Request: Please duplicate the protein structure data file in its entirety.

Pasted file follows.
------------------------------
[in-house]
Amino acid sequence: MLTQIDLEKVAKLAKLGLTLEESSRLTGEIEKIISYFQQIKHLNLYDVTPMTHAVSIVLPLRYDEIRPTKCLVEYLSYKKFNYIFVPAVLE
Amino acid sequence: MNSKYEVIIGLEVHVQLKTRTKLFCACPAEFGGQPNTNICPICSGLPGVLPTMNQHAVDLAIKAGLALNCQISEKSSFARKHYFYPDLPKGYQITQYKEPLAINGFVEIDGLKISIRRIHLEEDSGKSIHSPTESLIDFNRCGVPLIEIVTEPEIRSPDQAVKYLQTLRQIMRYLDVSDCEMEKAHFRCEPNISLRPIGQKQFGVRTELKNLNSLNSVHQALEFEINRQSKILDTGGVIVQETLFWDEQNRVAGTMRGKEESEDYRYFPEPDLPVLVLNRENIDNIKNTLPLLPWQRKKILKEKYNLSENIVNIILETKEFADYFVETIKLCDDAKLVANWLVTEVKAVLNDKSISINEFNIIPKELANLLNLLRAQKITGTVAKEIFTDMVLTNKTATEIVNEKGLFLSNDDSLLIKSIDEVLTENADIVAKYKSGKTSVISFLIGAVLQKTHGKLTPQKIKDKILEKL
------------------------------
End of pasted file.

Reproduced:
[in-house]
Amino acid sequence: MLTQIDLEKVAKLAKLGLTLEESSRLTGEIEKIISYFQQIKHLNLYDVTPMTHAVSIVLPLRYDEIRPTKCLVEYLSYKKFNYIFVPAVLE
Amino acid sequence: MNSKYEVIIGLEVHVQLKTRTKLFCACPAEFGGQPNTNICPICSGLPGVLPTMNQHAVDLAIKAGLALNCQISEKSSFARKHYFYPDLPKGYQITQYKEPLAINGFVEIDGLKISIRRIHLEEDSGKSIHSPTESLIDFNRCGVPLIEIVTEPEIRSPDQAVKYLQTLRQIMRYLDVSDCEMEKAHFRCEPNISLRPIGQKQFGVRTELKNLNSLNSVHQALEFEINRQSKILDTGGVIVQETLFWDEQNRVAGTMRGKEESEDYRYFPEPDLPVLVLNRENIDNIKNTLPLLPWQRKKILKEKYNLSENIVNIILETKEFADYFVETIKLCDDAKLVANWLVTEVKAVLNDKSISINEFNIIPKELANLLNLLRAQKITGTVAKEIFTDMVLTNKTATEIVNEKGLFLSNDDSLLIKSIDEVLTENADIVAKYKSGKTSVISFLIGAVLQKTHGKLTPQKIKDKILEKL